115 The use of patient identifiable information for clinical audit Patient identifiable data vs anonymised data —Processing of patient identifiable data is subject to theprovisions of the Data Protection ActIt is a common misconception that data isanonymous if the recipient does not have access to the key.it must be noted that ANY data associated with a uniquekey which refers to a single living individual is patientidentifiable data and are subject to the Data Protection Act
126 Access to information for clinical audit When thinking about information governance issues it is important to consider who will require access to the information and what level of access they will require.Consider the following groups of peopleClinical staff – will need access to all dataClinical audit team – could require access to all dataAdministrative staff – should only need access toanonymised dataEnsure that you assess the levels of access for differentstaff groups in the planning stages and ensure appropriateaccess controls are in place i.e. only those who need tohave access to clinical audit data, should have access.A mechanism for removing access to the data shouldalso be in place for staff who leave the organisation.
137 Transferring clinical audit data It is your responsibility to ensure the safety of the data you are using for your clinical audit. You must adhere to your organisation’s procedures for secure data handling and seek assurance that the receiving person/team/organisation is aware of their responsibilities to handle and store data securely.You should also seek assurance that clinical auditdata will not be given to or be accessibleto anyone not involved with the clinical audit project.Consider creating a log to record all transfers of clinical audit data
158 Information security do’s When handling clinical audit information YOU MUST ALWAYS —Protect your team’s/network’s files and folders by ensuring that permissions are up-to-date and only those who need access have accessSeek assurance that those who need access to the clinical audit data are aware of their information governance responsibilitiesGive passwords/access to those members of staff who need it for the clinical auditOperate a clear desk policy — lock paper information awaywhen you’re not using itSecure your workstation when absent from your desk by activating a password protected screen saver or using Ctrl-Alt-Del-Lock workstation if your network supports this
168 Information security do’s When handling clinical audit information YOU MUST ALWAYS —Ensure that databases are password protected, even if the information is anonymised/pseudo-anonymisedEncrypt data so that if information needs to be stored on portable media (i.e. disk, CD, USB) or ed to someone else, you know it is secureLog the retention period for the audit data, so that it can be destroyed when no longer requiredDestroy clinical audit data in line with your organisation’s procedures, i.e. in a confidential manner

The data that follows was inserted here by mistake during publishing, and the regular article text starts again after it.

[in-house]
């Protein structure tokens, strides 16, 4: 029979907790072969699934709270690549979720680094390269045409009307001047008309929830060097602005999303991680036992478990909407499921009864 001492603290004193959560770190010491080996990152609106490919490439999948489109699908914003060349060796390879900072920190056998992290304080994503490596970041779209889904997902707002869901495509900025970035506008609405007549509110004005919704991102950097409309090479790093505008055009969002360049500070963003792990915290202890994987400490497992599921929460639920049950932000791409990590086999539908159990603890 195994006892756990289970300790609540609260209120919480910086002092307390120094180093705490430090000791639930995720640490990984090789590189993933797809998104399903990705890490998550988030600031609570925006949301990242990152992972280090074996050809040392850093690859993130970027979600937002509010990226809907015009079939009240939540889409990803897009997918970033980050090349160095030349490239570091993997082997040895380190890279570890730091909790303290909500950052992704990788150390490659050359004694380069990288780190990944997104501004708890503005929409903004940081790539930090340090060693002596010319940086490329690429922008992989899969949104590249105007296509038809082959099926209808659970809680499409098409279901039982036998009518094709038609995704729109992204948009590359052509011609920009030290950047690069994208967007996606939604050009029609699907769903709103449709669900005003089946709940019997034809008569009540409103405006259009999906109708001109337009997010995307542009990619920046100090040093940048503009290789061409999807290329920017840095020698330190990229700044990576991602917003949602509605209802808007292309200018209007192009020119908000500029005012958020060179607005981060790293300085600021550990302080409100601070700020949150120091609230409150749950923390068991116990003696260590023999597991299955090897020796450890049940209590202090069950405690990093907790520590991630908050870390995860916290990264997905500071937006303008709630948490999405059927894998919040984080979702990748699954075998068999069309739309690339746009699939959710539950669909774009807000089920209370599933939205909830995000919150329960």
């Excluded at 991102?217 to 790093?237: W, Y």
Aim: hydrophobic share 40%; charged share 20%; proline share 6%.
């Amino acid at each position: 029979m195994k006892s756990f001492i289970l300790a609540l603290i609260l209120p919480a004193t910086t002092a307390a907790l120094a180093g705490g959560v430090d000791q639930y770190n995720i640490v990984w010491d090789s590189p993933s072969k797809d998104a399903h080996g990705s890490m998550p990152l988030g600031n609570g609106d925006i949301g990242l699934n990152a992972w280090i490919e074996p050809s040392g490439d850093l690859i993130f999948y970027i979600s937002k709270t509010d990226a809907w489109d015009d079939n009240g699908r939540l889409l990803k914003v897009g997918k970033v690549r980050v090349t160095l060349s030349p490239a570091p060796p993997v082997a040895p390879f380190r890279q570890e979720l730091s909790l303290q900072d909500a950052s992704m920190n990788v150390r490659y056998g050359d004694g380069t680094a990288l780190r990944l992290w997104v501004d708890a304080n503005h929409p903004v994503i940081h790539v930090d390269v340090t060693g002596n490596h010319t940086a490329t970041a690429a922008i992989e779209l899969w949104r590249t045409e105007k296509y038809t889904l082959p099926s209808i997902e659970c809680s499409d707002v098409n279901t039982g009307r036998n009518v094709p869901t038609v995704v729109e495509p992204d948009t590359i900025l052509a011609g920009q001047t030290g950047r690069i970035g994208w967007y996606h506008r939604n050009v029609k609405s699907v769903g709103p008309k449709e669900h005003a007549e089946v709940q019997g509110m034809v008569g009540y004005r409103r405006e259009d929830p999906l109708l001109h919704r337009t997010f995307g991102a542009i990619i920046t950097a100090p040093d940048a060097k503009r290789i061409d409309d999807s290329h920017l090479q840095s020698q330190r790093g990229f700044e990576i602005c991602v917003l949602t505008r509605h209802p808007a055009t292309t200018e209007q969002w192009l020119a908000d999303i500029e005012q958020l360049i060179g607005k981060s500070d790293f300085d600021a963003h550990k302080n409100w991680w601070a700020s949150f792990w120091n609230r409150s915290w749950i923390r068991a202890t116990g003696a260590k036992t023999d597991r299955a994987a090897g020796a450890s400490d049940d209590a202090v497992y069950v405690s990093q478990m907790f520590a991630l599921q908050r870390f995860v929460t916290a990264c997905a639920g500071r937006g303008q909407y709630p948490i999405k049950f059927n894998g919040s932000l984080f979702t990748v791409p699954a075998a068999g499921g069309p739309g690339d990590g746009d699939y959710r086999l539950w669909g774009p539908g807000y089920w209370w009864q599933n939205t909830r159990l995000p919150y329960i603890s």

178 Information security don'ts When handling clinical audit information YOU MUST NEVER —Leave patient notes/audit data unattended on your deskTransfer data by any method, without ensuring it is beingdone so securelyInclude patient details in your audit proforma unless youhave the patient’s consentSave information to your local ‘c’ drive as if your pc failsyou will lose your dataInput information into a database without anonymising/pseudo-anonymising it
188 Information security don'ts When handling clinical audit information YOU MUST NEVER —Create databases without ensuring they are password protectedaudit data without winzipping and encrypting it firstKeep data forms, databases etc for longer than necessaryBreach legal requirements or be ignorant of the legal requirements that affect youPass any data used in your audit to anyone who does not have a legitimate right to use the information (i.e. third parties inside or outside of your organisation)
19Guidance on creating passwords A secure password should contain a combinationof upper and lower case letters, numbers and characters.It should be random and not be able to be easily guessed by those who do not require access to the information.A good way to create a password is to link it to a phrasei.e. The diabetes clinical audit takes place in March 09- your password would then be TdcatpiM09or you could use your current favourite songYou should always mix your phrases to ensure thatthe logic behind them is not easily identifiableand your passwords easily guessed